Monthly Archives: October 2012

In Good Faith; Eid al-Adha

Muslim’s worldwide celebrated Eid al-Adha today by sacrificing sheep.  This traditional Islamic holiday celebrates the prophet Ibrahim’s willingness to sacrifice his youngest son, Ishmael, to God. As a result of Ibrahim’s good faith, God allowed him to sacrifice a ram instead.

Let us be grateful for the sheep who gave their lives today, and reflect on the moments in which we put our complete faith in the will of the Universe.

Amen, right on, shalom, salam, namaste.

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Strangely familiar, yet oh so foreign; on learning English and hanging out with Anglophones

I am two weeks into my new job as an “English Associate” with AMIDEAST here in Rabat, and things are going as well as could be expected. This month has been all about making friendly relationships with my roommates, my new co-workers, my students, and most surprisingly, the English language.

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Until recently, I’ve had a one-sided relationship with the English language. Like in any ones-sided relationship, the notion of power reigns. S(he) who beholds the power, is the baller shot-caller. With English I believed that I was running the show; I thought I was able to manipulate English to my advantage in pretty much any situation. After all, I’m usually able to select the most appropriate situations to implement my words directly or discursively. I can consciously pepper my sentences with humor and sarcasm, and engage mouthfuls of beautiful American slang. Naturally, I thought I was a true master of the English language… Needless to say, my extraterrestrial ego has been shattered, and I have been brought back to planet earth as a humble servant of the English language.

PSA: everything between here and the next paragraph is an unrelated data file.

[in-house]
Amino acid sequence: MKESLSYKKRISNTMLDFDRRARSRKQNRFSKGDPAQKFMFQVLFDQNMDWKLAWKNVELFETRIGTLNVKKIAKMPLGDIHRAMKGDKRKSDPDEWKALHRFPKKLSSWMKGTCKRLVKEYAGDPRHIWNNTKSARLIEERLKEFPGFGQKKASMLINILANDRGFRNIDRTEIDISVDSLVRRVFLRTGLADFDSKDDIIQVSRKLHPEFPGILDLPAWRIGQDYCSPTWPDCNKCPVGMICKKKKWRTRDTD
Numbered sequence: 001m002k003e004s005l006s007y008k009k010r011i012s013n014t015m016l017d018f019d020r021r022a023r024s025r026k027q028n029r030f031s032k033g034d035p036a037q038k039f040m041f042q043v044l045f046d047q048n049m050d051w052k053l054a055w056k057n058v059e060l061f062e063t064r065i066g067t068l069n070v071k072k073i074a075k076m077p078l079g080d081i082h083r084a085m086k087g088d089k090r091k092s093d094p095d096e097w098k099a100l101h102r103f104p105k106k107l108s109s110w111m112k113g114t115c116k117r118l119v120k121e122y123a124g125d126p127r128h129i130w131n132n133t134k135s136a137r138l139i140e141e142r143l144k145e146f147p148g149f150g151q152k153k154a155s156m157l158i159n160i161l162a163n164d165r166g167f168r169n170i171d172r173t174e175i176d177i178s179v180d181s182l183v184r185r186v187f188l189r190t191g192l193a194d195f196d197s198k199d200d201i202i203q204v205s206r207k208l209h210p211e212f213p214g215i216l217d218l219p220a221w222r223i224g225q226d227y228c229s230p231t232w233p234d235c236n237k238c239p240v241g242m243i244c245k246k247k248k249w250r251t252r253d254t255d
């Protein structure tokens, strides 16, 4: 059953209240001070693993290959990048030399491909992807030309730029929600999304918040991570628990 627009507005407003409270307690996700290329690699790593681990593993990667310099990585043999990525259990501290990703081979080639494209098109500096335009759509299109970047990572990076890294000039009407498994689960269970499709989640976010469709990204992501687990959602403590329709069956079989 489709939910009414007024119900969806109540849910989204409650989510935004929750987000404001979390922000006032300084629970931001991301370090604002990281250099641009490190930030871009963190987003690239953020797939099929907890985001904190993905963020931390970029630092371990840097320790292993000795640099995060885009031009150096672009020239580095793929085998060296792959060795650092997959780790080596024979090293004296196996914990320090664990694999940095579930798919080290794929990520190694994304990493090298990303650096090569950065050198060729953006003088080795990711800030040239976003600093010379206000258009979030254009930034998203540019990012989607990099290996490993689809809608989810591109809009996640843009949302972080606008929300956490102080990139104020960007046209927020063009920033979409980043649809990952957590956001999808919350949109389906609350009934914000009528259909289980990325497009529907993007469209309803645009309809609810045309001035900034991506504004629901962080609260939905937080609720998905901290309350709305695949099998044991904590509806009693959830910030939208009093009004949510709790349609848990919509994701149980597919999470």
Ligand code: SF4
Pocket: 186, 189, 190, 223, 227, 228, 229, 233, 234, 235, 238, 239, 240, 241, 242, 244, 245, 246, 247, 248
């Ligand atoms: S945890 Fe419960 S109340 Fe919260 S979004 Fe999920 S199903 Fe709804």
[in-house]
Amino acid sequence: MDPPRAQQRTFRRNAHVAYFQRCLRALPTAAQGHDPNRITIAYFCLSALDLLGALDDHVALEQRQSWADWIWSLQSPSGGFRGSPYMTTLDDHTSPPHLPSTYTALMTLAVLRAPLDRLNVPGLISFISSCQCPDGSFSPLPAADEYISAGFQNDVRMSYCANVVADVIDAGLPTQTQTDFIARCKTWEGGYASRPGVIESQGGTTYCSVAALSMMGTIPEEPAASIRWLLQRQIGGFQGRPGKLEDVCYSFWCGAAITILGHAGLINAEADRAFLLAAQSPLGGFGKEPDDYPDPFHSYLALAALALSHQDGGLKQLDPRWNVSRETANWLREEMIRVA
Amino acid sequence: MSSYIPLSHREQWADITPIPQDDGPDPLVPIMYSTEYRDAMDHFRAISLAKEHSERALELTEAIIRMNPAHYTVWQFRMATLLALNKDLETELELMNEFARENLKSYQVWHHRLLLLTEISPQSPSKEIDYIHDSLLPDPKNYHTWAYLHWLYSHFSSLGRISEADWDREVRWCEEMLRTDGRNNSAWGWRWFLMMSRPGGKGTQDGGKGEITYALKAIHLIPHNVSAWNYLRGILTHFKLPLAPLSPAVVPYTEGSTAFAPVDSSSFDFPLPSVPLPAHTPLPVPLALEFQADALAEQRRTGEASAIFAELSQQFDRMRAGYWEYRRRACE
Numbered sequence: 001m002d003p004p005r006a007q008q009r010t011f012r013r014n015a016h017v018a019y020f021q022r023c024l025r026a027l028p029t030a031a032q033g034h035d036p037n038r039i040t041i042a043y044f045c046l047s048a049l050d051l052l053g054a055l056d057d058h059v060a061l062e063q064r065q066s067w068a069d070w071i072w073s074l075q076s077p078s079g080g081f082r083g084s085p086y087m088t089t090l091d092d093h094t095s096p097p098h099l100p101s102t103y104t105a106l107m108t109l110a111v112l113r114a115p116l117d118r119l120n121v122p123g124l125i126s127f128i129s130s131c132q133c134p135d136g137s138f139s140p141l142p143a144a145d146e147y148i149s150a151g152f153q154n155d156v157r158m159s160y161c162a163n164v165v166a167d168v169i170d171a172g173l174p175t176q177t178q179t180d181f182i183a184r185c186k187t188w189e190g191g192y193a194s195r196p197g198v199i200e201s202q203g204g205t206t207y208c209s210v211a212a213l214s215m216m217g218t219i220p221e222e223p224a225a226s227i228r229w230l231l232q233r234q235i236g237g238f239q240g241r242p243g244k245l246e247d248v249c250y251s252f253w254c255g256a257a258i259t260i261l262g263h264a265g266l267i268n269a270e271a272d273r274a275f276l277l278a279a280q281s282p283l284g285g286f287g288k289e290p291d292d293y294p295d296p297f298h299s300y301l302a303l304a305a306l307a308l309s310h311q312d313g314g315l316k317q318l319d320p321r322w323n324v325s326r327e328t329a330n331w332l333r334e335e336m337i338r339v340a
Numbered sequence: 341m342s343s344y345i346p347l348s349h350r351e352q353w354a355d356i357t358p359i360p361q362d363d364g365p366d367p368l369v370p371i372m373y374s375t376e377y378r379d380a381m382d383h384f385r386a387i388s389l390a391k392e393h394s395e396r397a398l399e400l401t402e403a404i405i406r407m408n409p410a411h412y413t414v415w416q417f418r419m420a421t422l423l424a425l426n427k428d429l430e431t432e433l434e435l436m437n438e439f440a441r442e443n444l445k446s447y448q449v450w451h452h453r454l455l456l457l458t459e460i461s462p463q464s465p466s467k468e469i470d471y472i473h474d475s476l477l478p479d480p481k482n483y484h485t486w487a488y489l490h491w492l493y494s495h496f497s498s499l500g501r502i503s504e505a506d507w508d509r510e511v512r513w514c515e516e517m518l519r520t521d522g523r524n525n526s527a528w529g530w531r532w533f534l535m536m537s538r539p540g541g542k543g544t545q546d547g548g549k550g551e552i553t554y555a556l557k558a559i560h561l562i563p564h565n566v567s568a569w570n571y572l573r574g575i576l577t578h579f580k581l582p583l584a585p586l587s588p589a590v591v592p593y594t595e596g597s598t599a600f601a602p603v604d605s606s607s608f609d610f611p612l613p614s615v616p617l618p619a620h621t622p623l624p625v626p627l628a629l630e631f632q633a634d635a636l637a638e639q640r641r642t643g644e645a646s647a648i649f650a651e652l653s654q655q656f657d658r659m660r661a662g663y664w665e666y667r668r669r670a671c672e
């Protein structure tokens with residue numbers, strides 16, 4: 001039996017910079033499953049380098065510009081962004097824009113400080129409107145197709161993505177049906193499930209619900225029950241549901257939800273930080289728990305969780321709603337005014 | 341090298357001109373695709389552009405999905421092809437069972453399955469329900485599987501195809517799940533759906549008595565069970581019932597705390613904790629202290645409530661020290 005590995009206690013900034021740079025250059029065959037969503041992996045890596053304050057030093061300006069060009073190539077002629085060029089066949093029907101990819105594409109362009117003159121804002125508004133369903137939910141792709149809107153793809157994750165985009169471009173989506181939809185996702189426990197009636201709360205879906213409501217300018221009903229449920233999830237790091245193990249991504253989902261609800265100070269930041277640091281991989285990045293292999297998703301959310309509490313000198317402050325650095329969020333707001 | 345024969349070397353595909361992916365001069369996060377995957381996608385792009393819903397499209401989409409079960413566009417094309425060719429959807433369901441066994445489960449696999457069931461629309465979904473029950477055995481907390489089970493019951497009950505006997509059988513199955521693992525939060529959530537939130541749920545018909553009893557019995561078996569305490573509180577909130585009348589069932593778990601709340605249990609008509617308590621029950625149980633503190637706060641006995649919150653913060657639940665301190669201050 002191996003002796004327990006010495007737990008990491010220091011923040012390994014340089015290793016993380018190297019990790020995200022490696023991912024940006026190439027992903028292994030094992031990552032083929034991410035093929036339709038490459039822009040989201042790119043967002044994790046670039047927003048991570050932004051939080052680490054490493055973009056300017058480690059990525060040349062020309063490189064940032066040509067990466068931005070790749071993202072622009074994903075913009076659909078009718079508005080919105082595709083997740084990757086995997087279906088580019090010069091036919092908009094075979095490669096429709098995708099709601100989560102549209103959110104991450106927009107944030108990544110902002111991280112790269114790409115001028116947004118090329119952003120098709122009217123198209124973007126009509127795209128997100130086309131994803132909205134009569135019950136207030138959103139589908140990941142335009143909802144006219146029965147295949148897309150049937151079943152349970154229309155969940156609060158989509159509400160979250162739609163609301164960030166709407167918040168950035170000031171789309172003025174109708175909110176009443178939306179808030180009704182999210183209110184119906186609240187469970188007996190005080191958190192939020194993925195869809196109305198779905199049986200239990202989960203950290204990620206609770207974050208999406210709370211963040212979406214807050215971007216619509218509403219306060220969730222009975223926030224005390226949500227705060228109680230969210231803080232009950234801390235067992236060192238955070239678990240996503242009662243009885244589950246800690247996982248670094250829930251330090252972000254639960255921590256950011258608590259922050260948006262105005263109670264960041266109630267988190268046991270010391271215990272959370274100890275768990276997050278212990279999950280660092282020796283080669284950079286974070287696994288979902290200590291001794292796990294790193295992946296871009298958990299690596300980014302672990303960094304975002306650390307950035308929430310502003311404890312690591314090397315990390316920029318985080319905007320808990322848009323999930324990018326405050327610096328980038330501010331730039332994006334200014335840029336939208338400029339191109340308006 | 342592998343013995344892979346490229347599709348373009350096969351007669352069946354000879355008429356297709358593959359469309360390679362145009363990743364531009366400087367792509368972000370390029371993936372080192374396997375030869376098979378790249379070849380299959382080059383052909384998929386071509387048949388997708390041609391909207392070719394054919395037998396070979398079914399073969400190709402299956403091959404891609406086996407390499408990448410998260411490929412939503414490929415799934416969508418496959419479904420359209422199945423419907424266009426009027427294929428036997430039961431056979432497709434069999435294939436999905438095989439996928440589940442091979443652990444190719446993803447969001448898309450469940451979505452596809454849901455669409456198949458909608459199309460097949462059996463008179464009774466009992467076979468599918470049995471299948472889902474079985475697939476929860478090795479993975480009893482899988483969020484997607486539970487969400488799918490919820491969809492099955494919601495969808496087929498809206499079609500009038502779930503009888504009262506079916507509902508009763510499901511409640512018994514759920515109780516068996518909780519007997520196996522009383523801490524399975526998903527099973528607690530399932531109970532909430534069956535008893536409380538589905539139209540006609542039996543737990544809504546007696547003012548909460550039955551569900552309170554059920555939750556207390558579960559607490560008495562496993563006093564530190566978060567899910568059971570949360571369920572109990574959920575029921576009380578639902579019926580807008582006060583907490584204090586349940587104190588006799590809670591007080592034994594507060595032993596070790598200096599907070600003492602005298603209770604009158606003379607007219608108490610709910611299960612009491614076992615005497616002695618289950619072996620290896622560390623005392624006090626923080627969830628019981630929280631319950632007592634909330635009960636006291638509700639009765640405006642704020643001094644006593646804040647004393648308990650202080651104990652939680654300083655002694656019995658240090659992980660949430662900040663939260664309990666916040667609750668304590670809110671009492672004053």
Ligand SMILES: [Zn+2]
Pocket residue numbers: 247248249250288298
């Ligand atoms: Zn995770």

This gracious humbling has come in two forms: 1) English grammar, and 2) mingling with other native English speakers from around the globe.

It wasn’t until I began teaching English that I realized how much I still had to learn. I’ve taken being a native speaker for granted my entire life, and never considered what a complete pain in the ass it would be to learn English as a foreign language. As I stood in front of my Intermediate 4 class last Tuesday, I thought I was ready. However, my concept of being prepared was   a Powerpoint full of grammar I couldn’t explain, which I wrongly assumed would be to sufficient. Not even my background with improv could have prepared me for the ensuing hour and a half class, which I filled with lots of um’s and nervous shifty body language. For some context, on that particular day I was teaching a lesson on the 1st conditional–a concept that I have a strong natural grasp of, but very little theoretical training on. How many of you know what the 1st conditional means? …Exactly. To be VERY brief, we use conditionals when we are making “If” statements. An EXAMPLE of the 3rd conditional: If I had known this grammar point before class, I could have avoided the embarrassment of standing in front of 20 students like a deer in headlights promising to find out for Thursday.

This will surely be the first of many grammar points that I won’t be able to explain off the top of my head, because I never learned them in school. I learned to speak English naturally and correctly through immersion. I understand the frustration of my students, however, because I too have studied a foreign language, and I need the rules as much as the next person. Just ask me about French prepositions or feminine/masculine articles and I’ll launch into a tirade about how absolutely non-sensical they are. If you’re telling me to memorize something just because it SOUNDS right, but can’t give me any sort of structure or rule to apply it to, you will completely lose me.

My second (less distressing) realization that I was not a true Jedi of the English language came to me while mingling in the teachers lounge. Before coming to Rabat to teach English, my sole exposure to British slang was from the Harry Potter movies. However, here, I have been exposed to native English speakers from Australia, the U.K., and Canada, and I have begun to take careful note of their different accents and words. I love these other dialects of English because there is something so familiar about them, yet at the same time they are absolutely foreign. There have been many moments where I wonder if we truly do speak the same language. As a result, I’ve found myself analyzing my own slang, my usage of the word “like,” and my pronunciation of words with double t’s or d’s.

My favorite British colloquialisms thus far are for the word awesome: ace* and brilliant. I’ve promised myself to start using them in my everyday speech. However, I end up saying them with a monstrous British accent and all my co-workers think I’m making fun of them. But I’m not. I actually think they are brilliant.